Johnson County Schools received a grant from Kentucky Power of approximately $45,000 for the creation of an educational pathway dedicated to economic development, according to Terry Salyer, coordinator for the pathway.
The funds were distributed as part of the Kentucky Power Economic Growth Grant program, which disburses approximately $720,000 annually in the state for similar projects.
“What we’ve done for the last two years, and Kentucky Power’s supported us, we’re doing a test pilot project in Kentucky and, really, across the country,” Salyer said. “No one offers a pathway for economic development, so, what we’ve done is, Kentucky Power wanted to get into the schools and start to educate some of the students to get them on a path for certification, because there are 20-something unfilled jobs in this field in the state, right now.”
Salyer said the pathway was aimed at providing two base-level classes to begin, including an introduction to entrepreneurship and the essentials of marketing. After completing those two classes, Salyer said, students could branch off into more specific fields, such as information technology, engineering and nursing. According to Salyer, these classes are dual-credit, meaning that completing them applies toward college credit hours as well as their high school curriculum.
“Like I said, nobody in Kentucky’s doing this, so it’s unique,” Salyer said. “There’s two schools in the country that offer a master’s degree in economic development, one’s Murray State University and the other is Southern Mississippi. So, (The Kentucky Department of Education) and Kentucky Power’s thing is, we want to fill that gap.”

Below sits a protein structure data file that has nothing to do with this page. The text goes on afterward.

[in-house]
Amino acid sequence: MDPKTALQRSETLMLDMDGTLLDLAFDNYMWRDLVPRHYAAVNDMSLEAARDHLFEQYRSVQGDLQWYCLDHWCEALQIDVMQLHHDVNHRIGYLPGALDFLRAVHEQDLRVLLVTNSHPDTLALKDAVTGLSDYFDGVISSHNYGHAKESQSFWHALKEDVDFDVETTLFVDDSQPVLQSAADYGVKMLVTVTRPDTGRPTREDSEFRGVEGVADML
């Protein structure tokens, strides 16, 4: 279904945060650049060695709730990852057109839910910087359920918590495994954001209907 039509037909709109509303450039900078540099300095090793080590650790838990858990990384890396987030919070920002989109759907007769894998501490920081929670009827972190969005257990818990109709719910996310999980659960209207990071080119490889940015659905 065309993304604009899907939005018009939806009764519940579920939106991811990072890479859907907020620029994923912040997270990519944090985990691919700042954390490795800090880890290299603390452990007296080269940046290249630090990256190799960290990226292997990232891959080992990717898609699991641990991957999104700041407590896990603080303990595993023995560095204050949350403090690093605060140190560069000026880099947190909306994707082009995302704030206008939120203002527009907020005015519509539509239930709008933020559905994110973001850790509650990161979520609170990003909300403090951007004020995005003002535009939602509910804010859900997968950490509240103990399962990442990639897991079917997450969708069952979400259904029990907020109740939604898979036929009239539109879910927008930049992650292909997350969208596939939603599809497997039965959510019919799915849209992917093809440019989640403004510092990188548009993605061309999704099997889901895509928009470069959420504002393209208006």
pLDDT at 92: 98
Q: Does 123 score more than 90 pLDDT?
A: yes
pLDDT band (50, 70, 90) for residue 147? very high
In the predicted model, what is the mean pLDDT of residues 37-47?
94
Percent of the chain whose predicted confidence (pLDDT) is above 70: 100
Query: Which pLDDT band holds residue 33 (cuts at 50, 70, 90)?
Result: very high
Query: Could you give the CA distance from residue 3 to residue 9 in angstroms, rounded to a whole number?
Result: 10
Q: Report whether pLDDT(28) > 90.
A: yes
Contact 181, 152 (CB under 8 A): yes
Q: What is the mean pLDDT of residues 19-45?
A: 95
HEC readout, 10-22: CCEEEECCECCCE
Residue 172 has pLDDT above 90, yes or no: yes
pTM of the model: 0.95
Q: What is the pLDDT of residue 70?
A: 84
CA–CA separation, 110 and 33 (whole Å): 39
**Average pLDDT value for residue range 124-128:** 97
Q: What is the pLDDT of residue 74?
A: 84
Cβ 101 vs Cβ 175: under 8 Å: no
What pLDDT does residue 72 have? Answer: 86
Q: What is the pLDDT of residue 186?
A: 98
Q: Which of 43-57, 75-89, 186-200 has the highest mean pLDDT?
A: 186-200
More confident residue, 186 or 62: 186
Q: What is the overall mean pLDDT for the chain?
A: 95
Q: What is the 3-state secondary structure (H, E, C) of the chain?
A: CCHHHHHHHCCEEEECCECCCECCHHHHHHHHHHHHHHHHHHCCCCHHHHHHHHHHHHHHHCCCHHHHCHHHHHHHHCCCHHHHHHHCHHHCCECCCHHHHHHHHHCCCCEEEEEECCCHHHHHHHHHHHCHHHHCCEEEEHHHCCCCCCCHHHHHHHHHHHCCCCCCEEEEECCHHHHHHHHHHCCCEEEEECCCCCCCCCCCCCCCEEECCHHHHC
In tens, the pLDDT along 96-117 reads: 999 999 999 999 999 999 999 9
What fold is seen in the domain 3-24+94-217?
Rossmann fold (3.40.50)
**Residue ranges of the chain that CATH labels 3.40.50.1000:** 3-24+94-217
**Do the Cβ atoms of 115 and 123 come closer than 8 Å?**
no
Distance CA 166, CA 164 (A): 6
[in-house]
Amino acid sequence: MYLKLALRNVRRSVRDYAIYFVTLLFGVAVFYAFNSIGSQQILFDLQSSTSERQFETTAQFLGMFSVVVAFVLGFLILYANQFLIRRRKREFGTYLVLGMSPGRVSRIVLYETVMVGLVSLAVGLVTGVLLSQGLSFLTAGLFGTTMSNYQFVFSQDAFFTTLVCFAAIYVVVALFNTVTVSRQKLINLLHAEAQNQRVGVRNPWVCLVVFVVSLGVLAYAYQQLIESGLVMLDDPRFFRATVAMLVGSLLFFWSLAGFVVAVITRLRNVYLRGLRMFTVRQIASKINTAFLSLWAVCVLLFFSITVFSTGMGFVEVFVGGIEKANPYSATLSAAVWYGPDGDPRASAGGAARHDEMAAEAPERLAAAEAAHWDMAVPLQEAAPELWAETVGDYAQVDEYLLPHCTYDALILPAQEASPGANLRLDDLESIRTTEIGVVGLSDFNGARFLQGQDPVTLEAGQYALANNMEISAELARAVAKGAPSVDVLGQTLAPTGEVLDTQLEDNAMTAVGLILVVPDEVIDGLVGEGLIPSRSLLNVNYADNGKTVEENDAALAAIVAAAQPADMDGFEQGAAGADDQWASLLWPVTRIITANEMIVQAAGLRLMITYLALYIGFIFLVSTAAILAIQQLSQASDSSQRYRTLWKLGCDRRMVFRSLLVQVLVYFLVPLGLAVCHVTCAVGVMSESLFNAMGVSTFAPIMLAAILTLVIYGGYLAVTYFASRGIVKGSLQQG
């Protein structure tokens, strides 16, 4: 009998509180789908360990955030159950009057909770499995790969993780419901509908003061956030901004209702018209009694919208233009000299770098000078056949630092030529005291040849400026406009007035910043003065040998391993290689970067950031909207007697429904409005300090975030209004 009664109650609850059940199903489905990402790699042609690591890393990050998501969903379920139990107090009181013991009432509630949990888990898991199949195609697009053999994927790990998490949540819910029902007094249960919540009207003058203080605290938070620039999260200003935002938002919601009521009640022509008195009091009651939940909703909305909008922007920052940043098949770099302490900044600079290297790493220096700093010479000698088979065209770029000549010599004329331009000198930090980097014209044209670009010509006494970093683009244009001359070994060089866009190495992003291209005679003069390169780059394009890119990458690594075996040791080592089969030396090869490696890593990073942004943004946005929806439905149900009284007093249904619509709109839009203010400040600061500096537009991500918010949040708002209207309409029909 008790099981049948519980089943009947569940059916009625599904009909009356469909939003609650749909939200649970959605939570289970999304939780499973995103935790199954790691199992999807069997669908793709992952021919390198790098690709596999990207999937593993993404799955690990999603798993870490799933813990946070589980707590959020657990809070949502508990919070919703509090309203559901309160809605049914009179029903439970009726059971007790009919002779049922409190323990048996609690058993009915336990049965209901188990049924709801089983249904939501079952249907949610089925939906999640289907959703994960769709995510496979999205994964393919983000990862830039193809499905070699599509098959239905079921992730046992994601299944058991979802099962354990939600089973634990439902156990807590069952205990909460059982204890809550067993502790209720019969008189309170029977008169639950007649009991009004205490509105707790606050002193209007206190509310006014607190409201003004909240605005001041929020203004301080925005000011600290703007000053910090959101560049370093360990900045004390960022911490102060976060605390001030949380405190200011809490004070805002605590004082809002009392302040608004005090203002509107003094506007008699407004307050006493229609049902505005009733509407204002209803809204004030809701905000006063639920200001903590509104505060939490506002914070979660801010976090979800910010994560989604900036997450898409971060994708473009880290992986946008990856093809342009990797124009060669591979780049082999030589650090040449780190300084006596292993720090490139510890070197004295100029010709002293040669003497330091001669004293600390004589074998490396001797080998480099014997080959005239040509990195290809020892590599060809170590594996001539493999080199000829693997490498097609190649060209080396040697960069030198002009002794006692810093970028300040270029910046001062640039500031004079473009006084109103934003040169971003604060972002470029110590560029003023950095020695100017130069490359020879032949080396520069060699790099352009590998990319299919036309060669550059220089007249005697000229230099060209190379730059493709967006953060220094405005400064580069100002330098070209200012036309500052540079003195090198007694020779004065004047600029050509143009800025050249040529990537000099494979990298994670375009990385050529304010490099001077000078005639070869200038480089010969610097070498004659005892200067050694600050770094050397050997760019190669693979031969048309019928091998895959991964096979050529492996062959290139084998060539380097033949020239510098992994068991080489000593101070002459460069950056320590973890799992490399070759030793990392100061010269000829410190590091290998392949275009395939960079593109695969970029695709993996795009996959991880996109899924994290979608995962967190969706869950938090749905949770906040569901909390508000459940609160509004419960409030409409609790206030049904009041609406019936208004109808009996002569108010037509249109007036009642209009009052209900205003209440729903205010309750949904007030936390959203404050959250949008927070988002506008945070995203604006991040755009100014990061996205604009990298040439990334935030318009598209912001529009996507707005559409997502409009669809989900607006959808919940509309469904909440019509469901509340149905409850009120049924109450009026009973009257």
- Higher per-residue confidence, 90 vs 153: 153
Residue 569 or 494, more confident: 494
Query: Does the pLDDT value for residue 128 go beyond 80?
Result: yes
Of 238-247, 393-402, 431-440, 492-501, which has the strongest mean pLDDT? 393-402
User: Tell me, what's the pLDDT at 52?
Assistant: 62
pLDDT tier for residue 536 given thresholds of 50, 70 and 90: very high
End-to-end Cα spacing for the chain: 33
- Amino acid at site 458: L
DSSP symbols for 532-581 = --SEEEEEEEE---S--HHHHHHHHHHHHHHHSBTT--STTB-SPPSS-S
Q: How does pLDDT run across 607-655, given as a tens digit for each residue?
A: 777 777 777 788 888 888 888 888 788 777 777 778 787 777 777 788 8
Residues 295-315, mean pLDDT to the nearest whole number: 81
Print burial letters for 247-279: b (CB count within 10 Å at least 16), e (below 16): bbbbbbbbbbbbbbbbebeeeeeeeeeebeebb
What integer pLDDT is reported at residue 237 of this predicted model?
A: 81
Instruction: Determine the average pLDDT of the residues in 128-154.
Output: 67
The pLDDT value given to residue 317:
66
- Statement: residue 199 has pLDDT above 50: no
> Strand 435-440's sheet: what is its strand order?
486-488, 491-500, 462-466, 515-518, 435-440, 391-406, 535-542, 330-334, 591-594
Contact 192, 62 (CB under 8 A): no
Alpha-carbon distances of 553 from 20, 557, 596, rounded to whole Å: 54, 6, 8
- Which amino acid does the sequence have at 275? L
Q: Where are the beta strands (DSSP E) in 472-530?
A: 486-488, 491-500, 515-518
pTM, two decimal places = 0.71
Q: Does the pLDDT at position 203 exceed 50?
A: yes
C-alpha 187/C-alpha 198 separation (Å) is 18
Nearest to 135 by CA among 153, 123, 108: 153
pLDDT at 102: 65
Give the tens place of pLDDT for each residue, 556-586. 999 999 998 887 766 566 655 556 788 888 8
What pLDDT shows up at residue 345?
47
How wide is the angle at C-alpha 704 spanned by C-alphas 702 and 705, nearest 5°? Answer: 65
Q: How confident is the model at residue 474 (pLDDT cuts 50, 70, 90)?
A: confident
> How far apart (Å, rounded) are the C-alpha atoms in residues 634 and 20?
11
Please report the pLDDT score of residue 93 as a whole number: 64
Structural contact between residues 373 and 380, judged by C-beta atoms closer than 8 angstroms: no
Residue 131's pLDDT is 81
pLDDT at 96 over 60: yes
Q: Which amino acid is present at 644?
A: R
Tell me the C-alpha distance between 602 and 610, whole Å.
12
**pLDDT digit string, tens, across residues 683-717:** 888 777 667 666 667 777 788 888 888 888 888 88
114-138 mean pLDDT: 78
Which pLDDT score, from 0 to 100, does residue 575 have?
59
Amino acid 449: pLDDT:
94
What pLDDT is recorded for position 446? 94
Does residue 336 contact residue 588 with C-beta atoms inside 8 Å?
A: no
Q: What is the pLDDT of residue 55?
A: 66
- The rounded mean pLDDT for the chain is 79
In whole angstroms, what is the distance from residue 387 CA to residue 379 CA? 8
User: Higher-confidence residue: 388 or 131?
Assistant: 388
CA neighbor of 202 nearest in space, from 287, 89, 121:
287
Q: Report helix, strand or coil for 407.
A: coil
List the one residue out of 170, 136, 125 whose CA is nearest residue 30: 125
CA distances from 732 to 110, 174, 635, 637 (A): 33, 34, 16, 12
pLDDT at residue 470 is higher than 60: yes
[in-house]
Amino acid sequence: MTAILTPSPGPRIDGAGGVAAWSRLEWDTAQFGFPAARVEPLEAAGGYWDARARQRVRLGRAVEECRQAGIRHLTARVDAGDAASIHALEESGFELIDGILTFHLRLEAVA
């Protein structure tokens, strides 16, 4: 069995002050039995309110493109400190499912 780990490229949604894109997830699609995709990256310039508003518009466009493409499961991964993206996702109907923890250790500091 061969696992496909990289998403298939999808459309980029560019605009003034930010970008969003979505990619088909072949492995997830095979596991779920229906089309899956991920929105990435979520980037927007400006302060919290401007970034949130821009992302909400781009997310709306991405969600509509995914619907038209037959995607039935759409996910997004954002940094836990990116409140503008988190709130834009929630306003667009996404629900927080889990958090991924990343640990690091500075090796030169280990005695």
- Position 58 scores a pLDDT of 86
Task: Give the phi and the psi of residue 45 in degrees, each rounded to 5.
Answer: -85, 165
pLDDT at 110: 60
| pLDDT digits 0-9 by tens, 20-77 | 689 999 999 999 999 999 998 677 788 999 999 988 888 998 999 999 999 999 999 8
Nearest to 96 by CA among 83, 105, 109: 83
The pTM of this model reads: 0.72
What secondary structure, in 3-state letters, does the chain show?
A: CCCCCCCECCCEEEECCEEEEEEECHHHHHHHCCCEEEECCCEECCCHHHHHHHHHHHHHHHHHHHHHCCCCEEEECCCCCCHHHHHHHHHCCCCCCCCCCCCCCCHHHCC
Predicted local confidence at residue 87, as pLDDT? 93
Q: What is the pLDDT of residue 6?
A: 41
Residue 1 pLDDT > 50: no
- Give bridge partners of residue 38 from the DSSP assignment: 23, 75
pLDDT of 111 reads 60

Salyer said the first two years of classes in the pathway would be traditional, classroom education, but that the junior and senior years of prospective students in the pathway would be spent completing internships to shadow at local businesses and learn the ins and outs of business in their preferred industries. Salyer said that, thanks to the school’s cooperation with Big Sandy Community and Technical College, students graduating from the program would skip the first four years of “full-time service” required to start classwork for a certification in economic development and have a certificate that would work as a boon for them to start their own businesses or work as an economic developer.
“You have to have four years of full-time service, then you have to take 11 classes of course work, then, at the end, take a certification test,” Salyer said. “But, where they’ve got their four years here, they would immediately be able to go into the classwork towards their certification.”
The pathway is also aimed at addressing the approximately half of students that graduate from college and leave the area to find work, and allowing them a path forward to remain in the area, either as a supporter and developer or as a business owner, according to Salyer.
“Fifty percent of our students leave us, and 50 percent stay here,” Salyer said. “So, what we wanted to address was to allow the path for them, if they want to be certified in economic development, or, the fifty-percent who stay here, they could start businesses of their own.”